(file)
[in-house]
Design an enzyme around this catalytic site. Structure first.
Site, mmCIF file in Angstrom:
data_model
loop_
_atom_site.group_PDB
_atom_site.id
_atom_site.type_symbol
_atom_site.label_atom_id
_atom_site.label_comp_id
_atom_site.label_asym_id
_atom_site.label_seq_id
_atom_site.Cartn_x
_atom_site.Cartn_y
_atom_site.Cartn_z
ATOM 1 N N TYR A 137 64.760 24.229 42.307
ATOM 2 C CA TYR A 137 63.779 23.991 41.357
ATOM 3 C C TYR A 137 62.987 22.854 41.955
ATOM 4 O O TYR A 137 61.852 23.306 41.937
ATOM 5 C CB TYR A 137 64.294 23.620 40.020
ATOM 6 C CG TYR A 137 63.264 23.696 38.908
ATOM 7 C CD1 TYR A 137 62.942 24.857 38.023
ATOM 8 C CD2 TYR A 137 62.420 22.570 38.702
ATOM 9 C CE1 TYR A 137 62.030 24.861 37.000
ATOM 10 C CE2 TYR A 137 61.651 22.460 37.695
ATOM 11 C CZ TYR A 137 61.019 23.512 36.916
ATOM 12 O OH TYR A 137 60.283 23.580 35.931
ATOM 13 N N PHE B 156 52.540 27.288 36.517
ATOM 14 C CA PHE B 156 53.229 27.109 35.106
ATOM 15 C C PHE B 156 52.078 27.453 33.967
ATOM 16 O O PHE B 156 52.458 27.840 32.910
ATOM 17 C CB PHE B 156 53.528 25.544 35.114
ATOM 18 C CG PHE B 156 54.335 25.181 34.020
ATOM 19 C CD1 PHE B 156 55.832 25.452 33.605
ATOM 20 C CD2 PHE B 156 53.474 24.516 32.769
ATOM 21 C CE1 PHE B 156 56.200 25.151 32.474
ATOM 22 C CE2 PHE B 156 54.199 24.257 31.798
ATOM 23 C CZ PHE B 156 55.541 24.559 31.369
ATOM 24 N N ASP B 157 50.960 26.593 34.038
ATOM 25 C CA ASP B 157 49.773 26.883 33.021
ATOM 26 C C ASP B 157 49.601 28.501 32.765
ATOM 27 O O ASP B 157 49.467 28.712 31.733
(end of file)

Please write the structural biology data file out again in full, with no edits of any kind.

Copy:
[in-house]
Design an enzyme around this catalytic site. Structure first.
Site, mmCIF file in Angstrom:
data_model
loop_
_atom_site.group_PDB
_atom_site.id
_atom_site.type_symbol
_atom_site.label_atom_id
_atom_site.label_comp_id
_atom_site.label_asym_id
_atom_site.label_seq_id
_atom_site.Cartn_x
_atom_site.Cartn_y
_atom_site.Cartn_z
ATOM 1 N N TYR A 137 64.760 24.229 42.307
ATOM 2 C CA TYR A 137 63.779 23.991 41.357
ATOM 3 C C TYR A 137 62.987 22.854 41.955
ATOM 4 O O TYR A 137 61.852 23.306 41.937
ATOM 5 C CB TYR A 137 64.294 23.620 40.020
ATOM 6 C CG TYR A 137 63.264 23.696 38.908
ATOM 7 C CD1 TYR A 137 62.942 24.857 38.023
ATOM 8 C CD2 TYR A 137 62.420 22.570 38.702
ATOM 9 C CE1 TYR A 137 62.030 24.861 37.000
ATOM 10 C CE2 TYR A 137 61.651 22.460 37.695
ATOM 11 C CZ TYR A 137 61.019 23.512 36.916
ATOM 12 O OH TYR A 137 60.283 23.580 35.931
ATOM 13 N N PHE B 156 52.540 27.288 36.517
ATOM 14 C CA PHE B 156 53.229 27.109 35.106
ATOM 15 C C PHE B 156 52.078 27.453 33.967
ATOM 16 O O PHE B 156 52.458 27.840 32.910
ATOM 17 C CB PHE B 156 53.528 25.544 35.114
ATOM 18 C CG PHE B 156 54.335 25.181 34.020
ATOM 19 C CD1 PHE B 156 55.832 25.452 33.605
ATOM 20 C CD2 PHE B 156 53.474 24.516 32.769
ATOM 21 C CE1 PHE B 156 56.200 25.151 32.474
ATOM 22 C CE2 PHE B 156 54.199 24.257 31.798
ATOM 23 C CZ PHE B 156 55.541 24.559 31.369
ATOM 24 N N ASP B 157 50.960 26.593 34.038
ATOM 25 C CA ASP B 157 49.773 26.883 33.021
ATOM 26 C C ASP B 157 49.601 28.501 32.765
ATOM 27 O O ASP B 157 49.467 28.712 31.733